The Palestinians are resorting to terrorism to attack Israel, Syria is threatening to embark on a war, hostile elements exploit southern Lebanon as a base for launching attacks on Israel – and the world condemns any Israeli attempt to defend ourselves through revenge attacks.
This scenario is very familiar to us through our daily existence, but it also describes the situation Israel found itself in 40 years ago, during the process that led to the Six-Day War's outbreak.
Then as now, Fatah members carried out terror attacks from the West Bank, while other Palestinian groups emerged from southern Lebanon with the aim of hitting Israeli targets. Syria, which at the time was also controlled by the Baath party, frequently called for war to liberate "occupied Arab land."
Israel did not sit idle in the face of these threats, but rather, carried out defensive operations such as the paratroop raid on a terrorist stronghold in the West Bank village of Samua in November 1966. This operation was harshly condemned by the international community, and particularly by the US Administration.
On the face of it, there can be no comparison between the 1967 Israel, a relatively poor country surrounded by hostile regimes and lacking any powerful allies, to current-day Israel: A high-tech powerhouse boasting peace agreements with two of its neighbors and a close alliance with the world's only superpower.
Yet despite the changes, Israel still faces the threat of terrorism, which could turn large sections of Israeli territory into no-man's land, along with existential threats – which today originate in Iran rather than in Egypt – that may lead to an all-out war that could last six minutes rather than six days.
Therefore, instead of merely marking the Six-Day War's 40th anniversary, we should examine the Israeli government's decision-making process in the pre-war period and learn the appropriate lessons. We can point to two decisions that significantly affected this process.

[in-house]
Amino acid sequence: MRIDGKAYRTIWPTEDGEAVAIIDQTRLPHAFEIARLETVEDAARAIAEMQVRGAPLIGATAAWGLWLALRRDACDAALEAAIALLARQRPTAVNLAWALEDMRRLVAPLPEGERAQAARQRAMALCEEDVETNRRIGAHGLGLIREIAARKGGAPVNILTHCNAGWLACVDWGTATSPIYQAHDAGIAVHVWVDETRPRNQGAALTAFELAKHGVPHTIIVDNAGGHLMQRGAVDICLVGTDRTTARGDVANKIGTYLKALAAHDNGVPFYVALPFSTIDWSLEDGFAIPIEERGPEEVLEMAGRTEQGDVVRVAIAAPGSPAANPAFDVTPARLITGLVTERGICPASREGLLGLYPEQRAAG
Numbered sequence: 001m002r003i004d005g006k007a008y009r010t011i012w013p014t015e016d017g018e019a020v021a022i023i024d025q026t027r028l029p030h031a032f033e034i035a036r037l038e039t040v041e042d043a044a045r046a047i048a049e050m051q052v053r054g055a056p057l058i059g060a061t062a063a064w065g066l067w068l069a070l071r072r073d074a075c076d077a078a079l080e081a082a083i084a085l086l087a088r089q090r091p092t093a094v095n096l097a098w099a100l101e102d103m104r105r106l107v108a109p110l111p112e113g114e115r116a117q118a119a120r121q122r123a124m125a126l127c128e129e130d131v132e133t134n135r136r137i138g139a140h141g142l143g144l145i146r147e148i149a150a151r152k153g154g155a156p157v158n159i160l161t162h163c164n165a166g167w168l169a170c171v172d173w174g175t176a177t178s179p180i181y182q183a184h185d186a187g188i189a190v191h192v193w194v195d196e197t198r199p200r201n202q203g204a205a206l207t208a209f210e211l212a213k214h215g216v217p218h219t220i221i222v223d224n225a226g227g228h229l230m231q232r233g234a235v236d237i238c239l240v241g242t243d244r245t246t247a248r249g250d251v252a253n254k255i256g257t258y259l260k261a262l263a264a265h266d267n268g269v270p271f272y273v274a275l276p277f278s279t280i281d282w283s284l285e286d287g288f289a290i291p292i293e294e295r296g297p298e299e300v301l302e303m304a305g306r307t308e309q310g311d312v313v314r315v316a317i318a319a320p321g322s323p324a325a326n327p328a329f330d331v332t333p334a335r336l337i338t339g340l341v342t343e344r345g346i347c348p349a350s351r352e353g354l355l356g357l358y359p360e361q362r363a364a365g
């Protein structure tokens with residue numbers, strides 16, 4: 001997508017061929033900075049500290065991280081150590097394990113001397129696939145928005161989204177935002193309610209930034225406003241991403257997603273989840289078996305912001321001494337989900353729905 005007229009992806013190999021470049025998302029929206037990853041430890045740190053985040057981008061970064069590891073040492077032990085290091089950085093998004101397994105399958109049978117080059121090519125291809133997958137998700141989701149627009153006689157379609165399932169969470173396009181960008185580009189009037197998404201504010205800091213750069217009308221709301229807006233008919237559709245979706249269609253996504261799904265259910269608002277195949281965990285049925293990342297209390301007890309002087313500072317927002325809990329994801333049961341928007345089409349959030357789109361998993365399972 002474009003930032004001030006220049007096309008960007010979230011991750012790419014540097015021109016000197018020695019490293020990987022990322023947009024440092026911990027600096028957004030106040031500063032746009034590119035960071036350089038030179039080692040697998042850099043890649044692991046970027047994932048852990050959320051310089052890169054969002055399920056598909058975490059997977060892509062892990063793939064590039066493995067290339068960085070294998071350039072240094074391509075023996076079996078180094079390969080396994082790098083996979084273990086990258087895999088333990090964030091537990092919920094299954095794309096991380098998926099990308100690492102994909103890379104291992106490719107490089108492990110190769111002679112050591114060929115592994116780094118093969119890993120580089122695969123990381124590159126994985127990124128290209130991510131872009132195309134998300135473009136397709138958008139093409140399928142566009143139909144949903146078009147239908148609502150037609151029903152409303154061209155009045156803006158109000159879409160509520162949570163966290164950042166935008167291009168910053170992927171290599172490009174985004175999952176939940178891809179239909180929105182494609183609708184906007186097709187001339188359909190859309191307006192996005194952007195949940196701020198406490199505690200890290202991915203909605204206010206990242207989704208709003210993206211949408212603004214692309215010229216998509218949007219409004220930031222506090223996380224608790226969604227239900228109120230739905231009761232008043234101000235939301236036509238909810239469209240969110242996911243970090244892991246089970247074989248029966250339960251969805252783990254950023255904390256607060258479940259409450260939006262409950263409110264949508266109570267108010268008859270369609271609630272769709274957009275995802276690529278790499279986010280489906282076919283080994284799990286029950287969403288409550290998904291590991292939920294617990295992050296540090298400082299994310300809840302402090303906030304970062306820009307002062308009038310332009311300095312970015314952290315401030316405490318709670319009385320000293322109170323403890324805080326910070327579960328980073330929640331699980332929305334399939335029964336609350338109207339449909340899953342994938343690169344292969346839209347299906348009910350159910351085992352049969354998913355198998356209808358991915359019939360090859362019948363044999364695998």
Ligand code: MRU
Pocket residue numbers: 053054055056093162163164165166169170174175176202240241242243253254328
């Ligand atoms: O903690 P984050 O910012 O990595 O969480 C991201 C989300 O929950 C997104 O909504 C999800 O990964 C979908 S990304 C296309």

The first decision was taken in November 1966, when the revenge operation in Samua was approved. Although Syria, rather than Jordan, was behind Fatah attacks, ministers were concerned about punishing Damascus because of the possibility of confrontation with the Syrian army and its Soviet patrons. Therefore, the government preferred to approve an operation against Jordan.
Eshkol rejected generals' recommendation
However, en route to their targets the paratroopers encountered a Jordanian force, and the operation turned into a battle. This incident had two results: The Americans slammed the operation and referred to it as madness, while Jordan's King Hussein, who was greatly humiliated, attempted to cast the blame for the disaster on his archrival, Egyptian President Nasser, claiming that he was hiding "behind the dresses" of the UN force in the Sinai and Gaza.
The latter, in response, sought any pretext to remove the UN force – a pretext provided by the Soviets in mid-May 1967, after they told Nasser that Israel seemingly intends to attack Syria.
Nasser quickly discovered that the story was baseless, yet he used this pretext to remove UN forces and deploy his troops in Sinai, block the Tiran Straits that lead to Eilat, and form military alliances with Syria, Jordan, and Iraq. As it was surrounded by tens of thousands of Arab soldiers excited about the prospect of eliminating it, Israel was forced to decide whether it should resort to a pre-emptive strike.
The second decision was undertaken by then-Prime Minister Levi Eshkol, who rejected the recommendations submitted by IDF generals and senior ministers to attack Egypt at once. Eshkol insisted on waiting another three weeks in order to prove to the world, and particularly to the Americans, that Israel exhausted all possibilities to resolve the crisis through diplomatic means.
This "waiting period" is remembered today as a highly tense period, and Eshkol was harshly condemned for it. Yet Israel used this period in order to prepare the IDF for action and justify its position to international public opinion. Therefore, once the war broke out on June 5th, the IDF was ready and Israel enjoyed broad sympathy in European capitals and in Washington.
It would be worthwhile to take note of two lessons from the Six-Day War: First, instead of rushing into battle, we should utilize the period of (relative) "restraint" in 2007 to make Israel's case – we cannot sustain Qassam rocket attacks on a daily basis. The second lesson is that undue fears, rather than exaggerated bravery, could lead to escalation, and that there is no alternative to addressing the source of the threat.
In other words, we should be waiting enough time in order to strengthen, improve our just argument, and prepare to thoroughly address those who stand behind the attacks – the Palestinians and Syrians.
The writer is a historian and author of the book "Six Days of War"